If you’re considering bariatric surgery, understanding the pros and cons of surgical weight loss can help make
your decision easier.
For many individuals who are struggling to lose weight and haven’t had success through diet, exercise or
medically assisted weight-loss programs, bariatric surgery may hold the key to reclaiming an active, healthy
lifestyle. Not only does bariatric surgery aid weight loss, but it also plays an important role in managing obesityrelated
diseases, including diabetes, sleep apnea and heart disease.
According to the National Institute of Diabetes and Digestive and Kidney Diseases’ Weight-Control Information
Network, you may be a candidate for weight-loss surgery if:
While the risks of severe surgical complications are low, most bariatric surgeries require alteration of the stomach
and intestines, so the decision to have surgery shouldn’t be taken lightly. To achieve benefits and avoid
complications, you will no longer be able to comfortably eat large meals, and you may need to follow a specific
diet or take vitamin supplements. For many, however, the benefits of surgery outweigh these potential
Learn more about the different types of bariatric surgery to determine which procedure might be right for you.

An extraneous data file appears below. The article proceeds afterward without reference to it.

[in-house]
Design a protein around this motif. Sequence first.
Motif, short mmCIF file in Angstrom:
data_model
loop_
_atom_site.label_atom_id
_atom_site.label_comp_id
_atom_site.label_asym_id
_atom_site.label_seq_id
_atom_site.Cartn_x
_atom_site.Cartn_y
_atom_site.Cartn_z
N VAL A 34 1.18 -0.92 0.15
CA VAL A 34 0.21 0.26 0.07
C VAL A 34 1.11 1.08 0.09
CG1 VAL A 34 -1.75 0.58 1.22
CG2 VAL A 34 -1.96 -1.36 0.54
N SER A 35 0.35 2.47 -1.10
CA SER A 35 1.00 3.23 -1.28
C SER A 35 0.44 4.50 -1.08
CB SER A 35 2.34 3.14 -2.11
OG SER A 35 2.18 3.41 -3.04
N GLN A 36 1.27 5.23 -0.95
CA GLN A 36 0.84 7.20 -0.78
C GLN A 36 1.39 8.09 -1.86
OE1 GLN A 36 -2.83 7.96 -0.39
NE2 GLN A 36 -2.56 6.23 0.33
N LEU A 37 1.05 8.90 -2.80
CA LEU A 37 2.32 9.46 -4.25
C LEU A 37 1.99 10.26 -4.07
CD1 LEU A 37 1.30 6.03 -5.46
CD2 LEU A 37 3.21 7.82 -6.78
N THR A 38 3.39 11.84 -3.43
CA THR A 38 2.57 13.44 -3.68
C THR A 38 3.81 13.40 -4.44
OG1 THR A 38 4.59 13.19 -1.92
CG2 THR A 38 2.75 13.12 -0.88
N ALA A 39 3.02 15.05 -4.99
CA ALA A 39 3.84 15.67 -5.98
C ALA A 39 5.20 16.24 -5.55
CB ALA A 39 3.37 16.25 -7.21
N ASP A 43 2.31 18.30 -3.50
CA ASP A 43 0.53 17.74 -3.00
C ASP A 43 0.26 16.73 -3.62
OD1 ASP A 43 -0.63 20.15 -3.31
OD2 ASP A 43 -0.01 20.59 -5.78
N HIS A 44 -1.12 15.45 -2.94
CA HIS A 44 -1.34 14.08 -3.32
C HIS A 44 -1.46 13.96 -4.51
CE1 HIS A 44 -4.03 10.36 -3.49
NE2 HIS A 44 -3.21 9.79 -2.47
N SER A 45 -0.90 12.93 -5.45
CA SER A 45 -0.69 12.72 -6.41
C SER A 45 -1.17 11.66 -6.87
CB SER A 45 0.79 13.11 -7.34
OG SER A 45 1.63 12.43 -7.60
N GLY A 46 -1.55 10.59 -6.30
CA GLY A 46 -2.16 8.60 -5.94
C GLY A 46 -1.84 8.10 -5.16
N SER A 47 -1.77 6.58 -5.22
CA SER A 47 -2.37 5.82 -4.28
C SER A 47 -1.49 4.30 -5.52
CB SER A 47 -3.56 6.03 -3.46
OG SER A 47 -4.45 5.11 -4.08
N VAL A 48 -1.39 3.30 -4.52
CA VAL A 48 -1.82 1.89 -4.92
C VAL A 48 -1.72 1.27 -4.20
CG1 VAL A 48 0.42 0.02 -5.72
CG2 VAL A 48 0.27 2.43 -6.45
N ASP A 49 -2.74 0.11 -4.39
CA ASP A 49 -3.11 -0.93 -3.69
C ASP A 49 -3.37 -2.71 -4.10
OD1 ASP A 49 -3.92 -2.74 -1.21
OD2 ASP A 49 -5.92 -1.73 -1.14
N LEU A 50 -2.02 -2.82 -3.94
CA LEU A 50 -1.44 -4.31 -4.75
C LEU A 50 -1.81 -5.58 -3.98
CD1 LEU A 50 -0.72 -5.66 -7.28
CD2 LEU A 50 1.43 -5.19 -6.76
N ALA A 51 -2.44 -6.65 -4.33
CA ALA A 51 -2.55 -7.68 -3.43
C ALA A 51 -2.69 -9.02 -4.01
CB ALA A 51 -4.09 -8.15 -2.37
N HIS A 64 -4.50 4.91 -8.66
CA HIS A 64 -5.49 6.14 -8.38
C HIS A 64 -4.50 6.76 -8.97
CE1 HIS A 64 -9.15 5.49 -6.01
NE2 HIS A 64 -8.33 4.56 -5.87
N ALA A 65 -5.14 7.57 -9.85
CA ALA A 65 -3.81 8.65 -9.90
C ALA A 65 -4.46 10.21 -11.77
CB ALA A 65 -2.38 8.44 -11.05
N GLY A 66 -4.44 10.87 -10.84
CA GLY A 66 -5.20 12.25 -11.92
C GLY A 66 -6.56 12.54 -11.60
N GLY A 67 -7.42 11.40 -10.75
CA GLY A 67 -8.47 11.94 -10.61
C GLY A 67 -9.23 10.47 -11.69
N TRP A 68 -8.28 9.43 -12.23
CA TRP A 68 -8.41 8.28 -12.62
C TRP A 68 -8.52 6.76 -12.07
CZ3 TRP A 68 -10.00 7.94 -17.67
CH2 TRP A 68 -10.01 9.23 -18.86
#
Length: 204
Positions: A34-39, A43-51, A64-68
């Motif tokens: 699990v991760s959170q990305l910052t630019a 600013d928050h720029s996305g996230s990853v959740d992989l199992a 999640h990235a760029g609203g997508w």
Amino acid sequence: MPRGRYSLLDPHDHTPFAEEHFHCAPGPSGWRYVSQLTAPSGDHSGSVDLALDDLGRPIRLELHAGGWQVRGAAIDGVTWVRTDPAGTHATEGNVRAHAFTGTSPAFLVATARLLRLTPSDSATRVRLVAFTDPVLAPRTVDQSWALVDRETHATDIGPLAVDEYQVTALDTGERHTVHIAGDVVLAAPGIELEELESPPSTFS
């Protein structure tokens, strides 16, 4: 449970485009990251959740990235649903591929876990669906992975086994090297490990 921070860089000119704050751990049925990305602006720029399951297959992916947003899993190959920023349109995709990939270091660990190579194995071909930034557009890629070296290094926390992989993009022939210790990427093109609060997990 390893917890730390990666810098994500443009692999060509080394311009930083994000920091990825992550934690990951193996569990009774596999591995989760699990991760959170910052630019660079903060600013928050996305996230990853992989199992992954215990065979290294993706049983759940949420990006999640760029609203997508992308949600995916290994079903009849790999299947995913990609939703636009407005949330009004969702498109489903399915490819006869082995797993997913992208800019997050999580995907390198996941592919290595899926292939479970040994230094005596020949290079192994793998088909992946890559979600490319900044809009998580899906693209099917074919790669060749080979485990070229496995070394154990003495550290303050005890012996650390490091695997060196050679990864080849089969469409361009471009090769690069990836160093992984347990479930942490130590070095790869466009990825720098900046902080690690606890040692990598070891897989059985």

Roux-en-Y gastric bypass is considered the gold standard for weight-loss surgery, with individuals
typically achieving 60 to 80 percent of their weight-loss goals. During this procedure, doctors surgically
alter both the size of the stomach and the route food travels during digestion, limiting the amount of food
you can eat at each meal and the calories and nutrients your body absorbs from food.
During an adjustable gastric banding procedure, doctors place a band around the upper portion of your
stomach to make it smaller, which helps you feel fuller faster, according to the National Institutes of
Health. Gastric banding is the least invasive weight-loss surgery, but individuals typically lose less weight.
During a vertical sleeve gastrectomy procedure, surgeons restrict food intake by removing
approximately 80 percent of your stomach.
Biliopancreatic diversion with duodenal switch boasts the highest weight-loss results, but also has the
highest risk of complications, including vitamin deficiency. Following this procedure, the body absorbs 70
percent fewer fat molecules from food because food bypasses three-fourths of your small intestine and a
large portion of your small bowel during digestion, according to the American Society for Metabolic &
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